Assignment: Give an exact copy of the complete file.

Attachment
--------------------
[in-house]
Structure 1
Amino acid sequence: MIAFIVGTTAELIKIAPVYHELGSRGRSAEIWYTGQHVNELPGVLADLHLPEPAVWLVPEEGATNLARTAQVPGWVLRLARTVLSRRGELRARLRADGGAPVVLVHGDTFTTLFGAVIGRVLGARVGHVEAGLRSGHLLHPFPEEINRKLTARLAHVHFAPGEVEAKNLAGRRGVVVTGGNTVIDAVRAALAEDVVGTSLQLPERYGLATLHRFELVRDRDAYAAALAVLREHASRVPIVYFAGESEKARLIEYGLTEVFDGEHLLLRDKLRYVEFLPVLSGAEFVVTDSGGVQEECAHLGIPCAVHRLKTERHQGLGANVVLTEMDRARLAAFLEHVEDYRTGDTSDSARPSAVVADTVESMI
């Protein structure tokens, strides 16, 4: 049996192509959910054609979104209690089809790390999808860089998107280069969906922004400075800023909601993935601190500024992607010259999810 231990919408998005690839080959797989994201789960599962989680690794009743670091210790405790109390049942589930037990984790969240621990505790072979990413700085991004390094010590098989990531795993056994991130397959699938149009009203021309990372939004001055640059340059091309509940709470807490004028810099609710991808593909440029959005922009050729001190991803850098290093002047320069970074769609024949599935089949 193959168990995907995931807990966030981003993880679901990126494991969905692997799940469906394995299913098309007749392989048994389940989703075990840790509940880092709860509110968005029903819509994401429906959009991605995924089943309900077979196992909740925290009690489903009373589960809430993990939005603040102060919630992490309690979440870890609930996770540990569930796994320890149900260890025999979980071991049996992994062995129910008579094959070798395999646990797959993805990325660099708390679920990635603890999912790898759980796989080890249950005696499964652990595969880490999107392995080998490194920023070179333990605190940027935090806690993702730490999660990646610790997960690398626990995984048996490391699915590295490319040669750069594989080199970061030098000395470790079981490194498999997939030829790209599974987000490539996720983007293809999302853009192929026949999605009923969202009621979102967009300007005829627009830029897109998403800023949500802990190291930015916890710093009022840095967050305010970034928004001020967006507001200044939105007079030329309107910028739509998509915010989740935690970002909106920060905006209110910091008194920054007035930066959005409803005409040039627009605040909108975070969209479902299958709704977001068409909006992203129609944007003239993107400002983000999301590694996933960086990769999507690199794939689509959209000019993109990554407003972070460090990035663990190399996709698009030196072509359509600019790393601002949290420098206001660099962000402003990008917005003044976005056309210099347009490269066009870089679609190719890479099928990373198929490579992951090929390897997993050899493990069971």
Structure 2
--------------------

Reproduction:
[in-house]
Structure 1
Amino acid sequence: MIAFIVGTTAELIKIAPVYHELGSRGRSAEIWYTGQHVNELPGVLADLHLPEPAVWLVPEEGATNLARTAQVPGWVLRLARTVLSRRGELRARLRADGGAPVVLVHGDTFTTLFGAVIGRVLGARVGHVEAGLRSGHLLHPFPEEINRKLTARLAHVHFAPGEVEAKNLAGRRGVVVTGGNTVIDAVRAALAEDVVGTSLQLPERYGLATLHRFELVRDRDAYAAALAVLREHASRVPIVYFAGESEKARLIEYGLTEVFDGEHLLLRDKLRYVEFLPVLSGAEFVVTDSGGVQEECAHLGIPCAVHRLKTERHQGLGANVVLTEMDRARLAAFLEHVEDYRTGDTSDSARPSAVVADTVESMI
């Protein structure tokens, strides 16, 4: 049996192509959910054609979104209690089809790390999808860089998107280069969906922004400075800023909601993935601190500024992607010259999810 231990919408998005690839080959797989994201789960599962989680690794009743670091210790405790109390049942589930037990984790969240621990505790072979990413700085991004390094010590098989990531795993056994991130397959699938149009009203021309990372939004001055640059340059091309509940709470807490004028810099609710991808593909440029959005922009050729001190991803850098290093002047320069970074769609024949599935089949 193959168990995907995931807990966030981003993880679901990126494991969905692997799940469906394995299913098309007749392989048994389940989703075990840790509940880092709860509110968005029903819509994401429906959009991605995924089943309900077979196992909740925290009690489903009373589960809430993990939005603040102060919630992490309690979440870890609930996770540990569930796994320890149900260890025999979980071991049996992994062995129910008579094959070798395999646990797959993805990325660099708390679920990635603890999912790898759980796989080890249950005696499964652990595969880490999107392995080998490194920023070179333990605190940027935090806690993702730490999660990646610790997960690398626990995984048996490391699915590295490319040669750069594989080199970061030098000395470790079981490194498999997939030829790209599974987000490539996720983007293809999302853009192929026949999605009923969202009621979102967009300007005829627009830029897109998403800023949500802990190291930015916890710093009022840095967050305010970034928004001020967006507001200044939105007079030329309107910028739509998509915010989740935690970002909106920060905006209110910091008194920054007035930066959005409803005409040039627009605040909108975070969209479902299958709704977001068409909006992203129609944007003239993107400002983000999301590694996933960086990769999507690199794939689509959209000019993109990554407003972070460090990035663990190399996709698009030196072509359509600019790393601002949290420098206001660099962000402003990008917005003044976005056309210099347009490269066009870089679609190719890479099928990373198929490579992951090929390897997993050899493990069971």
Structure 2